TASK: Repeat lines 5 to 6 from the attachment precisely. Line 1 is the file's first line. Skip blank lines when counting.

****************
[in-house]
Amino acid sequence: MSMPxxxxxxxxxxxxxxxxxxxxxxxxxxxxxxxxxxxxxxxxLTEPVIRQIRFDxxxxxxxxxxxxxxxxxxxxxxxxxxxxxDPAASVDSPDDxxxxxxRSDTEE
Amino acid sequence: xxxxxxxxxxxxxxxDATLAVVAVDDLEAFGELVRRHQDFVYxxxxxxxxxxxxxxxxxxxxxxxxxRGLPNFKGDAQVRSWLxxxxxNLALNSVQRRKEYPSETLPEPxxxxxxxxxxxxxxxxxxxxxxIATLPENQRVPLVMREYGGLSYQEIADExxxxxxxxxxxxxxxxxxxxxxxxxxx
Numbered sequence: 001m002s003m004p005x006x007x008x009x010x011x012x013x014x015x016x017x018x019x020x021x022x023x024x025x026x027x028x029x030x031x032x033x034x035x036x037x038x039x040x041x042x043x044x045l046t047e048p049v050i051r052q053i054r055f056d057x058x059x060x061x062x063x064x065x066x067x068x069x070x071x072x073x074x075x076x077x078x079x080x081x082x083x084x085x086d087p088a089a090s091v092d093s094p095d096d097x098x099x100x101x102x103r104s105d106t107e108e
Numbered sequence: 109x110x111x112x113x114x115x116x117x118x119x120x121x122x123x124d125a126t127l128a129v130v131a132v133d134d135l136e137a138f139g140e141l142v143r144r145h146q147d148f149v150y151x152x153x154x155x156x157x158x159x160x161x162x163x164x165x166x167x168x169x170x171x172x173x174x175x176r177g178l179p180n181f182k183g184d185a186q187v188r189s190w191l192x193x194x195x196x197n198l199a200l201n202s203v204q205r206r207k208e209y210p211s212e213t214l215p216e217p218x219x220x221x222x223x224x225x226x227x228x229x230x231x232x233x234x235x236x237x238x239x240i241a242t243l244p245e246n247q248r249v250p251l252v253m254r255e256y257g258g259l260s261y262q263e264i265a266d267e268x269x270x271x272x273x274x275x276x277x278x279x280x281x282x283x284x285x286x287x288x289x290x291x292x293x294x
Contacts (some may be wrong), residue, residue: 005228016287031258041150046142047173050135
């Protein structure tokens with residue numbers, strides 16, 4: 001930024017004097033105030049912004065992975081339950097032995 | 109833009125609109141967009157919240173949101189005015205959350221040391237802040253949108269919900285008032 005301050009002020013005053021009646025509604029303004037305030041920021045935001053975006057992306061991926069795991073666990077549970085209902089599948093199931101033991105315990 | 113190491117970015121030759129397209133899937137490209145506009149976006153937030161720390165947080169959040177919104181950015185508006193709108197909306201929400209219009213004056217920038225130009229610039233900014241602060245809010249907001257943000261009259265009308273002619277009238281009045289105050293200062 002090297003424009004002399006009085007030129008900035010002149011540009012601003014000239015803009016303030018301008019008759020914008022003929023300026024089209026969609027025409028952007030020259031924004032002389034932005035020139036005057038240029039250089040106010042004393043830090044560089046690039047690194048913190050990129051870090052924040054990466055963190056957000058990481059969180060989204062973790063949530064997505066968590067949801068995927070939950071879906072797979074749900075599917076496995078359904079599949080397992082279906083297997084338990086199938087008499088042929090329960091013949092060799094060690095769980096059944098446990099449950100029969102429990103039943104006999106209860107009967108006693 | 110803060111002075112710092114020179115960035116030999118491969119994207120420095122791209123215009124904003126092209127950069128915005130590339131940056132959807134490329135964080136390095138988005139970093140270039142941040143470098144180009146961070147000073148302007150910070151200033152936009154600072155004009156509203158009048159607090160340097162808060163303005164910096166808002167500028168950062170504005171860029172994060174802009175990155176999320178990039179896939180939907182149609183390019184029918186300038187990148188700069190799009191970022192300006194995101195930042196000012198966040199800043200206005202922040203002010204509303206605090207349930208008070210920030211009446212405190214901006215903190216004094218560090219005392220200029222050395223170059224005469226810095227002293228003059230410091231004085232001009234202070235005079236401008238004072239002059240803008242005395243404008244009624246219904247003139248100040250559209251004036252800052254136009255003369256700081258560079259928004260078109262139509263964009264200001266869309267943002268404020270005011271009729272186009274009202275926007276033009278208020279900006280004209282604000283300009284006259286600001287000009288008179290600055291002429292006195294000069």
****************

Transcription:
Numbered sequence: 109x110x111x112x113x114x115x116x117x118x119x120x121x122x123x124d125a126t127l128a129v130v131a132v133d134d135l136e137a138f139g140e141l142v143r144r145h146q147d148f149v150y151x152x153x154x155x156x157x158x159x160x161x162x163x164x165x166x167x168x169x170x171x172x173x174x175x176r177g178l179p180n181f182k183g184d185a186q187v188r189s190w191l192x193x194x195x196x197n198l199a200l201n202s203v204q205r206r207k208e209y210p211s212e213t214l215p216e217p218x219x220x221x222x223x224x225x226x227x228x229x230x231x232x233x234x235x236x237x238x239x240i241a242t243l244p245e246n247q248r249v250p251l252v253m254r255e256y257g258g259l260s261y262q263e264i265a266d267e268x269x270x271x272x273x274x275x276x277x278x279x280x281x282x283x284x285x286x287x288x289x290x291x292x293x294x
Contacts (some may be wrong), residue, residue: 005228016287031258041150046142047173050135